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Richard Preston

Private Richard Preston, 36299, Northumberland Fusiliers, 18th Battalion

Richard Preston was born in the Dewsbury area in 1886, the son of Charles Preston of Doncaster and his wife, Ellen Elizabeth (nee Smith), of Blacker Green, Doncaster who married in early 1886 in the Doncaster area. The Preston family were living Carlisle Street, Dewsbury in 1901 and had moved to Batley in 1911.

Richard Preston married Florence Gertrude Haley of Hanging Heaton in July 1911 and they had a son, Charles Preston who was born in 1913.

No connection can be found with a Richard Preston and Ossett, and it is not yet clear why his name was included on the Ossett War Memorial listing.

18th (1st Tyneside Pioneers) Battalion, Northumberland Fusiliers was raised at Newcastle on the 14th October 1914, by the Lord Mayor and City. They converted to a Pioneer Battalion on the 8th of February 1915 and joined 34th Division in June. After further training at Ripon and Salisbury Plain, they proceeded to France, landing at Le Havre on the 8th of January 1916. They saw action in The Battle of the Somme in 1916, in the Arras Offensive and the Third Battle of Ypres in 1917.

In 1918 they were in action in The Battle of St Quentin and then moved to Flanders seeing action in The Battle of Estaires, The Battle of Bailleul and The First Battle for Kemmel Ridge during the Battles of the Lys, suffering heavy losses. The 34th Division was then withdrawn from fighting and on the 21st of April they moved to the area west of Poperinge for re-organisation and was engaged in digging a new defensive line between Abeele and Watou.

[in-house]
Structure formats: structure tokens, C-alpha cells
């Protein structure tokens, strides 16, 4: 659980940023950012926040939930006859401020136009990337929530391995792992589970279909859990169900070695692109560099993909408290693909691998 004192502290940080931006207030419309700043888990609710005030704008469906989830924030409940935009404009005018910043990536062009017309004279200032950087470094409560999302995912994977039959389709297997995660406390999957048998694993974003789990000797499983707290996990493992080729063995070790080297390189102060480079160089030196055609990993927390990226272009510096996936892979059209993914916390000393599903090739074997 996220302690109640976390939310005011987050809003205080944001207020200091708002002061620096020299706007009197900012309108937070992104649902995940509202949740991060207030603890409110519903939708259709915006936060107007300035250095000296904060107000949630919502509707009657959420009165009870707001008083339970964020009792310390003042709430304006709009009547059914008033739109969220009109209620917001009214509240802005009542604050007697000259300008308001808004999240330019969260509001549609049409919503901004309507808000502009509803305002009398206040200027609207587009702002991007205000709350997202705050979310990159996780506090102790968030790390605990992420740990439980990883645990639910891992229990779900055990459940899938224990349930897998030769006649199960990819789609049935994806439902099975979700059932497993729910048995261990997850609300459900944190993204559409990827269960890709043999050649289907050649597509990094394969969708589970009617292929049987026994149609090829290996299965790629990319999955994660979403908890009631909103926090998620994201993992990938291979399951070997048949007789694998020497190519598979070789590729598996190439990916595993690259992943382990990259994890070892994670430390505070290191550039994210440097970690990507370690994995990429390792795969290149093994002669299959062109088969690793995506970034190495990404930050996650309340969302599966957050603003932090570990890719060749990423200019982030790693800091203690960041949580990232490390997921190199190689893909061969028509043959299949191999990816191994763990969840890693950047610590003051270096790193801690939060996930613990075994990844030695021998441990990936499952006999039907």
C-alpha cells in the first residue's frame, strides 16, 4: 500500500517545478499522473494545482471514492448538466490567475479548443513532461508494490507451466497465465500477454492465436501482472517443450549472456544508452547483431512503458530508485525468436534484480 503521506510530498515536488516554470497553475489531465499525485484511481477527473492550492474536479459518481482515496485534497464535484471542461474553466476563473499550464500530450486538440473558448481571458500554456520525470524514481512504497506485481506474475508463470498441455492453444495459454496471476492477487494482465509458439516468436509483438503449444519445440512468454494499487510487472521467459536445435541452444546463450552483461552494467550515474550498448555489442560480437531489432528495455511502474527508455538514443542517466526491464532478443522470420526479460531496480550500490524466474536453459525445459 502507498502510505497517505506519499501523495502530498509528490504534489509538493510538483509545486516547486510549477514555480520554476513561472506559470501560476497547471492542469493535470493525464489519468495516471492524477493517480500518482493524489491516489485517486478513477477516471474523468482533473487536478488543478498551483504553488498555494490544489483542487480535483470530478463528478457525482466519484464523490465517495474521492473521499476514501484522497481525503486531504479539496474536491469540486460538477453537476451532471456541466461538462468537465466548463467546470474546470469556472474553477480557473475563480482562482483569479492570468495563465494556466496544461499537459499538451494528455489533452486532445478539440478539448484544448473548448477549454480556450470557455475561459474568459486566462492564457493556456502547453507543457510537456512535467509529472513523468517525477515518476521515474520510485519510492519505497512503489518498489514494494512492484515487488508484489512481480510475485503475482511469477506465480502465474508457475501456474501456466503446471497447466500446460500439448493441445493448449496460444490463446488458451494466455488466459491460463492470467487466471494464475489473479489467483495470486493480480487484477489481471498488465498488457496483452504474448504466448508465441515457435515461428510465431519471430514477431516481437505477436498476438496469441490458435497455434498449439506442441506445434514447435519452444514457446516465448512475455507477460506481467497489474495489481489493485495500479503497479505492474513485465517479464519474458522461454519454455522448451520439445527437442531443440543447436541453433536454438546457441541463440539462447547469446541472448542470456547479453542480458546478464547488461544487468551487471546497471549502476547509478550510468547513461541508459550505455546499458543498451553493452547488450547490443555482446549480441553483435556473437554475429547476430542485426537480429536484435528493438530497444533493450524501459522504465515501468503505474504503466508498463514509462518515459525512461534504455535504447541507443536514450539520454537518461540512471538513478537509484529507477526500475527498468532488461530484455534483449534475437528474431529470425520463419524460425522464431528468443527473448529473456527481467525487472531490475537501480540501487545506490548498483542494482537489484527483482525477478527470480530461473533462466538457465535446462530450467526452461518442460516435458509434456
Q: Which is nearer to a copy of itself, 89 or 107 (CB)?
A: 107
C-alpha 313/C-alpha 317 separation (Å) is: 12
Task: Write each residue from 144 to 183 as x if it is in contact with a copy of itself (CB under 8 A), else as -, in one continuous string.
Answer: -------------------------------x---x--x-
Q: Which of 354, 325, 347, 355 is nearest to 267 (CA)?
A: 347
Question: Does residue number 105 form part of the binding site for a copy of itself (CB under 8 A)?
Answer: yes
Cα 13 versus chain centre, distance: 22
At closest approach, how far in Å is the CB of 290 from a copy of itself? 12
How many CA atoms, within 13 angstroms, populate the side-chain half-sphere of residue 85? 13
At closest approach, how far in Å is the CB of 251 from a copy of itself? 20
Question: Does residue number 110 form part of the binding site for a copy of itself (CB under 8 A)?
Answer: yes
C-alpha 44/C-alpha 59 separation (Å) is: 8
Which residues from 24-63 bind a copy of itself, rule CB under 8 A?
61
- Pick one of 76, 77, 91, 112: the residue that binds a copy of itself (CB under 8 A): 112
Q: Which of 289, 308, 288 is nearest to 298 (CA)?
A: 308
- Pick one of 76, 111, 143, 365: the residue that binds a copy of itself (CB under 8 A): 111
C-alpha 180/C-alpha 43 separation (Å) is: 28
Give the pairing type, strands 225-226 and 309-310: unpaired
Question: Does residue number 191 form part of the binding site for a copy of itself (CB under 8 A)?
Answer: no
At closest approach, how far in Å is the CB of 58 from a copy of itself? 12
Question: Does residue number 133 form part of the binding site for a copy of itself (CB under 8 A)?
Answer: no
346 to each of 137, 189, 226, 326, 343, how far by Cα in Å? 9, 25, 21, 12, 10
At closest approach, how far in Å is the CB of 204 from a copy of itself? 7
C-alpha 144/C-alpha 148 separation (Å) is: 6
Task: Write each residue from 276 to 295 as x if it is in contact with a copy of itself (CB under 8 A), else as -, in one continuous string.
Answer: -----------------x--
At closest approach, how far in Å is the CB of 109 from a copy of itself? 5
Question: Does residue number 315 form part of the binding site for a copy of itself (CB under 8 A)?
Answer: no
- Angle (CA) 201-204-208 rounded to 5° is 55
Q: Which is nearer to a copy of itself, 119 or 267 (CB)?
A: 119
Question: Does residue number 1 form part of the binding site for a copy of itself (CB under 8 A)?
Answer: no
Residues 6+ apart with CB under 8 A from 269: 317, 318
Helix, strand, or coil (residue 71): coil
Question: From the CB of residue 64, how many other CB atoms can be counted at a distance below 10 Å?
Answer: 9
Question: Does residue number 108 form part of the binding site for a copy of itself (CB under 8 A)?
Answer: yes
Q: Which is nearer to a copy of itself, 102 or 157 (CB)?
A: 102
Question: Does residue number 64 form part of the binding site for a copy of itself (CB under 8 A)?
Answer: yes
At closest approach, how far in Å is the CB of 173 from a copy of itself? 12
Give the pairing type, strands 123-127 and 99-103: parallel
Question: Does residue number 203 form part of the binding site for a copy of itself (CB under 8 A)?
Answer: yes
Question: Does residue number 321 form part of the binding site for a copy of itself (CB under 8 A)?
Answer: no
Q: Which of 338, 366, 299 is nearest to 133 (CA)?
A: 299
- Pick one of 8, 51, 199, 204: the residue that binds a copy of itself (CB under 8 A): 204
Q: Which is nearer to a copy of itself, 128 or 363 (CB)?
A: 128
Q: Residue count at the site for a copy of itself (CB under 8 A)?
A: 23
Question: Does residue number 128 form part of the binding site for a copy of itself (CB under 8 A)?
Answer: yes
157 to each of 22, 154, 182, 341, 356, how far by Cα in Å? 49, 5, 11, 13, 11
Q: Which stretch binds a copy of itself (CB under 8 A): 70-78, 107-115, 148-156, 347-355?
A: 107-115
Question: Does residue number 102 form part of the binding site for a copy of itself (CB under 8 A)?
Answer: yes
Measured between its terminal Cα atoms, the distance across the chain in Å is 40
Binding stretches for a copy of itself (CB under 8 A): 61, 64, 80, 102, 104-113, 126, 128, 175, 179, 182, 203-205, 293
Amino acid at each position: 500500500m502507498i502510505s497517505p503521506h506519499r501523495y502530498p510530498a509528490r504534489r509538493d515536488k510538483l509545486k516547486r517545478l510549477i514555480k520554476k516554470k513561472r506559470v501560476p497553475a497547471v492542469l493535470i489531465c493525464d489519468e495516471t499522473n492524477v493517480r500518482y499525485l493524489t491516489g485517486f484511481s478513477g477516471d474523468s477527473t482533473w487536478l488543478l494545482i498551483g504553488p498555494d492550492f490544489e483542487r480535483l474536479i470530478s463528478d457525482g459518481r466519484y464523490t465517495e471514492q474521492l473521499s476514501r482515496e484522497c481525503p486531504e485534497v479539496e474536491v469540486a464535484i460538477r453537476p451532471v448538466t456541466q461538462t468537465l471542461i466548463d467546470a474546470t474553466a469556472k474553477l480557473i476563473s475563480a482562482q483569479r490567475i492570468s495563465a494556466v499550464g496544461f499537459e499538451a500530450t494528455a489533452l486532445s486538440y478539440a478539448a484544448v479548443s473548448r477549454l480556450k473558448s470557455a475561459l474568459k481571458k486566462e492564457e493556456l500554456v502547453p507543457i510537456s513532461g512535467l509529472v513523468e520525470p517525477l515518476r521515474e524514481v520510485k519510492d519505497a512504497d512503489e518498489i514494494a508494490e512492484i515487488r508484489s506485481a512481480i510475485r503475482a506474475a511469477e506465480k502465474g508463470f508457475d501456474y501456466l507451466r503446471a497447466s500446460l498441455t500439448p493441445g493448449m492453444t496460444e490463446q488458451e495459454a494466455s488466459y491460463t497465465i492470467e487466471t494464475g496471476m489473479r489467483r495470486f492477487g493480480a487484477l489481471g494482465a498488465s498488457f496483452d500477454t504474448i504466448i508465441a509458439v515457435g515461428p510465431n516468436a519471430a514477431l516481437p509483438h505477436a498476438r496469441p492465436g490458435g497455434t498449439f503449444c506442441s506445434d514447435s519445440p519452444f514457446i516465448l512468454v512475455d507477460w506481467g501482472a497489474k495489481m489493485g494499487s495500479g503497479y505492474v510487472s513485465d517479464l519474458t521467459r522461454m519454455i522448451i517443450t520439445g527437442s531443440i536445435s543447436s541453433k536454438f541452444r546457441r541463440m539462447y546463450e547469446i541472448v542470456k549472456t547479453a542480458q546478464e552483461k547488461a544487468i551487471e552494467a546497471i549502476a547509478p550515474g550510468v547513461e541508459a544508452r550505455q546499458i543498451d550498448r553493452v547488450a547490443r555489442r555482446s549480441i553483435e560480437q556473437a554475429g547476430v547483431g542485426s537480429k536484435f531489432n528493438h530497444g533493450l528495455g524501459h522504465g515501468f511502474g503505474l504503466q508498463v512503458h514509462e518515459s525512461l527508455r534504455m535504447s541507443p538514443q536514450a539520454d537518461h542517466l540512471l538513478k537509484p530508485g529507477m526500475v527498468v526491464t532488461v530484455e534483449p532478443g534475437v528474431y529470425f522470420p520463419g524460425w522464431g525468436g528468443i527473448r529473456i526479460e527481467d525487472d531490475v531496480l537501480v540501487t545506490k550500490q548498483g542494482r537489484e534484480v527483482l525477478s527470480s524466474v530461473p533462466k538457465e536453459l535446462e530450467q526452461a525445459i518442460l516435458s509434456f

In June 1918 they joined 39th Division in an infantry role, following heavy losses in the 39th during the Battle of the Lys. The Division was then engaged in training the troops of the 77th American Division. In July, the 1st Tyneside Pioneers resumed their original role when they transferred to 66th Division for operations on the Flanders Coast and the Third Battle of Ypres, in 1918 they again saw action on The Somme.

Private Richard Preston was killed in action during the Battle of the Lys, most probably at the First Battle of Kemmel between the 17th and 19th April 1918, when 34 Division were heavily involved.

Private Richard Preston, aged 32 years, husband of Florence Gertrude Preston, of 2, Rock Terrace, Jack Lane, Common Side, Hanging Heaton, Batley, died on the 17th April 1918. He is buried at grave reference I.D.5 at the Mont Noir Military Cemetery, St. Jans-Cappel 1 Nord, France. St. Jans-Cappel is a village 3 kilometres north of Baillieul.

The hill was captured by the Cavalry Corps on the 13th October 1914, and held throughout the Battles of the Lys, 1918. On the North side of the Berthen-Westoutre road, is the Battle Memorial of the 34th Division, marking the final position of Divisional Headquarters in the Battles of the Lys.

The Cemetery was made in April-September 1918, and at the Armistice it contained 91 British graves and 33 French (all of the 26th Dragoons or the 88th Infantry Regiment). It was then enlarged by the concentration of British and French graves (including one of November 1914) from the battlefields immediately South of it and the following cemetery:

Wolfhoek British Cemetery, St. Jans-Cappel, which was by the roadside, nearly 200 metres South-West of the hamlet of Wolfhoek and contained the graves of 23 United Kingdom soldiers. It was made in August-September 1918, mainly by the 36th (Ulster) Division.

There are now 149 Commonwealth burials of the 1914-1918 war here, 15 being unidentified. There are 2 unidentified Commonwealth burials of the 1939-1945 war here. There are also 84 French burials of the 1914-1918 war here.


1. Commonwealth War Graves Commission web site